Taxi drivers at the OR Tambo International Airport in Johannesburg say they have been hit hard by the South African Airways (SAA) strike.

The airline’s workers have downed tools to demand an 8% salary increase while SAA is offering 5.9%, subject to the availability of funds.

Metered taxi drivers hope the situation will improve as the day progresses.

SAA has conceded that the arrangements it has made for its stranded passengers are not perfect. However, the airline says it will continue to monitor the situation to see where there it can make improvements.

SAA has cancelled nearly all domestic, regional and international flights Friday and Saturday following an announcement by the South African Cabin Crew Association and the National Union of Metalworkers of South Africa that their members will embark on what they are calling ‘the mother of all strikes’ on Friday morning.

The dispute comes after the airline refused to give in to their salary demands and started consultations about the implementation of its restructuring plan which will lead to the retrenchment of more than 900 staff.

SAA spokesperson Tlali Tlali says, “Where we are able to secure accommodation elsewhere, in terms of other airlines, we will do so; we’ll also engage with them, those carriers that are able to deploy aircraft that have a bigger capacity to accommodate as many passengers as possible; based on the demand we’ll continue to engage with them. We’ll keep an eye on the situation, if it means in the absence of a bigger aircraft, those are the options that we look into in order to alleviate or to mitigate the impact.”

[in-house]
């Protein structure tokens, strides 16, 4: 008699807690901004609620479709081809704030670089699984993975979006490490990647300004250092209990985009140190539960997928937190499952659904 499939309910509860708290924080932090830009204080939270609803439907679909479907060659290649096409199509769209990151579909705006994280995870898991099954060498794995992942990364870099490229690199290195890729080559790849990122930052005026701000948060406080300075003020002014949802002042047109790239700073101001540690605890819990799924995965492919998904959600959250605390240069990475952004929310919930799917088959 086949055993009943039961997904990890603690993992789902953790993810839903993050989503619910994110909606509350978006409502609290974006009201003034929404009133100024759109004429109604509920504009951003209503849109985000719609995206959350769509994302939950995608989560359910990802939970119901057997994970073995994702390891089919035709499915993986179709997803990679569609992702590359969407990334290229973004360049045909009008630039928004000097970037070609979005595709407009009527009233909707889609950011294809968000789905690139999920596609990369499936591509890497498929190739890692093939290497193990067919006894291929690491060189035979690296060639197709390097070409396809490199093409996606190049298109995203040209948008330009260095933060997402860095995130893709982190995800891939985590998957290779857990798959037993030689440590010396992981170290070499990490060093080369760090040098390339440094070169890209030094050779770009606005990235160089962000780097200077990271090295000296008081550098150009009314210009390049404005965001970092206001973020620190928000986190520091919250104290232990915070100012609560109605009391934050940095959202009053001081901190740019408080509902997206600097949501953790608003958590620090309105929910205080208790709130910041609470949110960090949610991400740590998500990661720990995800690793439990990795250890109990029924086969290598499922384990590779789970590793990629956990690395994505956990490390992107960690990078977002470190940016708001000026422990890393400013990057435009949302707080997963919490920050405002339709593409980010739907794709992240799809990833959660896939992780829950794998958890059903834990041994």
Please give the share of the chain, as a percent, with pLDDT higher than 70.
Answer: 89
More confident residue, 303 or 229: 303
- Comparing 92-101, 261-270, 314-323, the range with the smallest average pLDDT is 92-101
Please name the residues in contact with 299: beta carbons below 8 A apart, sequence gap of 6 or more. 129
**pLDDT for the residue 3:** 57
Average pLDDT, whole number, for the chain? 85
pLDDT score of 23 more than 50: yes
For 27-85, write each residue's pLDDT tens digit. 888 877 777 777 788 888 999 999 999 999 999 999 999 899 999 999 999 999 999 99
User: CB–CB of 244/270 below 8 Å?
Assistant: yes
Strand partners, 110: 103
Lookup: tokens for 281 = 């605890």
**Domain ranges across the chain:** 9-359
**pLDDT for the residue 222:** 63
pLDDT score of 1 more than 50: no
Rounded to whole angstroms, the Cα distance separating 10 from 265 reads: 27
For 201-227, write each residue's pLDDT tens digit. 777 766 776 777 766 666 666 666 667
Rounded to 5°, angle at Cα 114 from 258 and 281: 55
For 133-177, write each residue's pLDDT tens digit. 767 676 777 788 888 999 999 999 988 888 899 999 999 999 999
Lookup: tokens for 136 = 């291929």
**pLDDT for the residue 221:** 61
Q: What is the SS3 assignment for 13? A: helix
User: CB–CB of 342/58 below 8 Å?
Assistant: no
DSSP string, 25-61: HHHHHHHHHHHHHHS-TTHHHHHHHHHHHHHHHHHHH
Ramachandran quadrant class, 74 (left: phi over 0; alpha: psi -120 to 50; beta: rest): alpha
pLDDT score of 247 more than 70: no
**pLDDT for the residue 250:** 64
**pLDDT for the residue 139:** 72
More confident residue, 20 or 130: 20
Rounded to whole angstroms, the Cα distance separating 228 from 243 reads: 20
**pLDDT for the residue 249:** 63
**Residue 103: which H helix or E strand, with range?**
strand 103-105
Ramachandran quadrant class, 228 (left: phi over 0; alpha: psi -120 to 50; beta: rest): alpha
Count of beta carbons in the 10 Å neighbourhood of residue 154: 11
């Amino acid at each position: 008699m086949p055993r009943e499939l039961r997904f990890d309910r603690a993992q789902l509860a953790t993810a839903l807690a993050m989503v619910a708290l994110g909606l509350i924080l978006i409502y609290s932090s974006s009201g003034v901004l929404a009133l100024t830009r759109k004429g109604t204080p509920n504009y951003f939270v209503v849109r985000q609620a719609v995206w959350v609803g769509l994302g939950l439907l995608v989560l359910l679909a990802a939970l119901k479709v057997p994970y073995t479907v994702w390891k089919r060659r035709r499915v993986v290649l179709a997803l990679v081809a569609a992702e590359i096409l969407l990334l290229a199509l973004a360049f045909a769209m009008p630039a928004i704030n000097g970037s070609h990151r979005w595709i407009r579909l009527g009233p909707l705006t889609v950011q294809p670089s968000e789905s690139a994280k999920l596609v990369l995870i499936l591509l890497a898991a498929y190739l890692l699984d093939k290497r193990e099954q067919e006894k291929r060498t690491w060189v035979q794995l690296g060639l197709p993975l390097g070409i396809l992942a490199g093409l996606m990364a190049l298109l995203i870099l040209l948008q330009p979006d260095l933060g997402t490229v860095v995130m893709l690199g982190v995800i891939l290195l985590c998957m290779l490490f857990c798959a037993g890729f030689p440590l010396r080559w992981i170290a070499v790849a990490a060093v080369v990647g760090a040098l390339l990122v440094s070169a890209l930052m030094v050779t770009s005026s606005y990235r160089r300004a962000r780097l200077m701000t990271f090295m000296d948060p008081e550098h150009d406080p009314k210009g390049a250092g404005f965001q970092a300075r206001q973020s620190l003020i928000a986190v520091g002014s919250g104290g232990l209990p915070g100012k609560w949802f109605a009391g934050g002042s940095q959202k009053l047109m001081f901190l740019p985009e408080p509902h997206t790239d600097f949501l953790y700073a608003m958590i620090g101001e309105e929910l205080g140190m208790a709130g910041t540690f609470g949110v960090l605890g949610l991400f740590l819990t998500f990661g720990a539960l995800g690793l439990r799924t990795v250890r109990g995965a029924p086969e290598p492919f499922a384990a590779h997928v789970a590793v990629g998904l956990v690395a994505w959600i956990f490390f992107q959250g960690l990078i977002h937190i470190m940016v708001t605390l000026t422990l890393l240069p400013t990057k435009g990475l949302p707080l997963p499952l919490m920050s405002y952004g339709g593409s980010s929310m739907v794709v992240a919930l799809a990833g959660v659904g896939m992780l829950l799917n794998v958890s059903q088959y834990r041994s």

South African Federation of Trade Unions (Saftu) has joined the striking workers who are protesting outside the SAA headquarters.

President Zwelinzima Vavi addressed the striking workers at the SAA headquarters in Kempton Park.

“They are losing R50 million according to what they have told the public, and they will lose another R50 million because they have cancelled the flights for two days. We insist that there must be negotiations and we are calling upon management to come to the table. Tonight (Friday) we can settle the strike we can resume official job and save R50 million.”

Meanwhile, the Cabin Crew Association’s president Zaza Nsibanyoni says they are ready to be part of the CCMA’s mediation process,

Nsibanyoni says, “We were given a section one notice which indicated that we are going to the CCMA. We are open to negotiations and we know that it’s gonna be tomorrow (Friday), so we are going to be there to try and find a solution.”

Additional reporting by Amina Accram.